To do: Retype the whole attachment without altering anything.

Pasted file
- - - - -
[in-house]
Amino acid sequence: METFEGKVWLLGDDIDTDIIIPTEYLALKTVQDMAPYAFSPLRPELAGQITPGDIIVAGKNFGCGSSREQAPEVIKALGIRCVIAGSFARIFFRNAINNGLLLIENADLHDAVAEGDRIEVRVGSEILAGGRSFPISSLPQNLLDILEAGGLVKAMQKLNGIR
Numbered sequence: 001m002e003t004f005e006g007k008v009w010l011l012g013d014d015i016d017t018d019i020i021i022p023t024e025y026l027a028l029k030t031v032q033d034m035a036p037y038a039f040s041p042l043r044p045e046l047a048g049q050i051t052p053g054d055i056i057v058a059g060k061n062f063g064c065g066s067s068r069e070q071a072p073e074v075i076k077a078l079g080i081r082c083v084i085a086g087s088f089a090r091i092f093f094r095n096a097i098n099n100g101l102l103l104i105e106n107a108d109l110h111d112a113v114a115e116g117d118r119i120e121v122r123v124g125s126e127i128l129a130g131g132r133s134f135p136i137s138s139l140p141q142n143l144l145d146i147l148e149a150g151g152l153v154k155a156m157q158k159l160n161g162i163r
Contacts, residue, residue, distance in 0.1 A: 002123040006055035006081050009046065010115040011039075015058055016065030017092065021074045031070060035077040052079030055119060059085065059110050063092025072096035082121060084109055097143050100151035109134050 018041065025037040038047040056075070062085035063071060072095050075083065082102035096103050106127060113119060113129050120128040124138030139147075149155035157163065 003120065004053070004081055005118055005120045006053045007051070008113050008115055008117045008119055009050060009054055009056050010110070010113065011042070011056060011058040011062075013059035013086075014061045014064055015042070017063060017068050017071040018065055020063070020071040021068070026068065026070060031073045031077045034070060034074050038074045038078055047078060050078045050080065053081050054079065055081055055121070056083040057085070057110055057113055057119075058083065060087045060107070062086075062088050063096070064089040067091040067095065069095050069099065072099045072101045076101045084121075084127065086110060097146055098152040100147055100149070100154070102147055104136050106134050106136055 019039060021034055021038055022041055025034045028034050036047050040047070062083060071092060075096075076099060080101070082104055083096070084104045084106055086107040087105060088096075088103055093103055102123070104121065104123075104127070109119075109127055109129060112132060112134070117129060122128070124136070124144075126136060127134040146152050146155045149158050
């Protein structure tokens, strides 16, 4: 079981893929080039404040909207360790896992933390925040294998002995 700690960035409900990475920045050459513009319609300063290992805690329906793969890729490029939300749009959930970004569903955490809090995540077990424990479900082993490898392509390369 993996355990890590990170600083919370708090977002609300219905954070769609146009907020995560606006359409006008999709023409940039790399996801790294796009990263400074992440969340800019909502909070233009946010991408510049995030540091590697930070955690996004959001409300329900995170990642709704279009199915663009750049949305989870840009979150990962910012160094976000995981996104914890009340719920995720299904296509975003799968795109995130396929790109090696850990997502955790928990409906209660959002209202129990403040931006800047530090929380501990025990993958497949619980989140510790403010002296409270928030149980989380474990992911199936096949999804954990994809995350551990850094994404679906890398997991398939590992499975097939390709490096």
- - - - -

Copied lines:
[in-house]
Amino acid sequence: METFEGKVWLLGDDIDTDIIIPTEYLALKTVQDMAPYAFSPLRPELAGQITPGDIIVAGKNFGCGSSREQAPEVIKALGIRCVIAGSFARIFFRNAINNGLLLIENADLHDAVAEGDRIEVRVGSEILAGGRSFPISSLPQNLLDILEAGGLVKAMQKLNGIR
Numbered sequence: 001m002e003t004f005e006g007k008v009w010l011l012g013d014d015i016d017t018d019i020i021i022p023t024e025y026l027a028l029k030t031v032q033d034m035a036p037y038a039f040s041p042l043r044p045e046l047a048g049q050i051t052p053g054d055i056i057v058a059g060k061n062f063g064c065g066s067s068r069e070q071a072p073e074v075i076k077a078l079g080i081r082c083v084i085a086g087s088f089a090r091i092f093f094r095n096a097i098n099n100g101l102l103l104i105e106n107a108d109l110h111d112a113v114a115e116g117d118r119i120e121v122r123v124g125s126e127i128l129a130g131g132r133s134f135p136i137s138s139l140p141q142n143l144l145d146i147l148e149a150g151g152l153v154k155a156m157q158k159l160n161g162i163r
Contacts, residue, residue, distance in 0.1 A: 002123040006055035006081050009046065010115040011039075015058055016065030017092065021074045031070060035077040052079030055119060059085065059110050063092025072096035082121060084109055097143050100151035109134050 018041065025037040038047040056075070062085035063071060072095050075083065082102035096103050106127060113119060113129050120128040124138030139147075149155035157163065 003120065004053070004081055005118055005120045006053045007051070008113050008115055008117045008119055009050060009054055009056050010110070010113065011042070011056060011058040011062075013059035013086075014061045014064055015042070017063060017068050017071040018065055020063070020071040021068070026068065026070060031073045031077045034070060034074050038074045038078055047078060050078045050080065053081050054079065055081055055121070056083040057085070057110055057113055057119075058083065060087045060107070062086075062088050063096070064089040067091040067095065069095050069099065072099045072101045076101045084121075084127065086110060097146055098152040100147055100149070100154070102147055104136050106134050106136055 019039060021034055021038055022041055025034045028034050036047050040047070062083060071092060075096075076099060080101070082104055083096070084104045084106055086107040087105060088096075088103055093103055102123070104121065104123075104127070109119075109127055109129060112132060112134070117129060122128070124136070124144075126136060127134040146152050146155045149158050
């Protein structure tokens, strides 16, 4: 079981893929080039404040909207360790896992933390925040294998002995 700690960035409900990475920045050459513009319609300063290992805690329906793969890729490029939300749009959930970004569903955490809090995540077990424990479900082993490898392509390369 993996355990890590990170600083919370708090977002609300219905954070769609146009907020995560606006359409006008999709023409940039790399996801790294796009990263400074992440969340800019909502909070233009946010991408510049995030540091590697930070955690996004959001409300329900995170990642709704279009199915663009750049949305989870840009979150990962910012160094976000995981996104914890009340719920995720299904296509975003799968795109995130396929790109090696850990997502955790928990409906209660959002209202129990403040931006800047530090929380501990025990993958497949619980989140510790403010002296409270928030149980989380474990992911199936096949999804954990994809995350551990850094994404679906890398997991398939590992499975097939390709490096």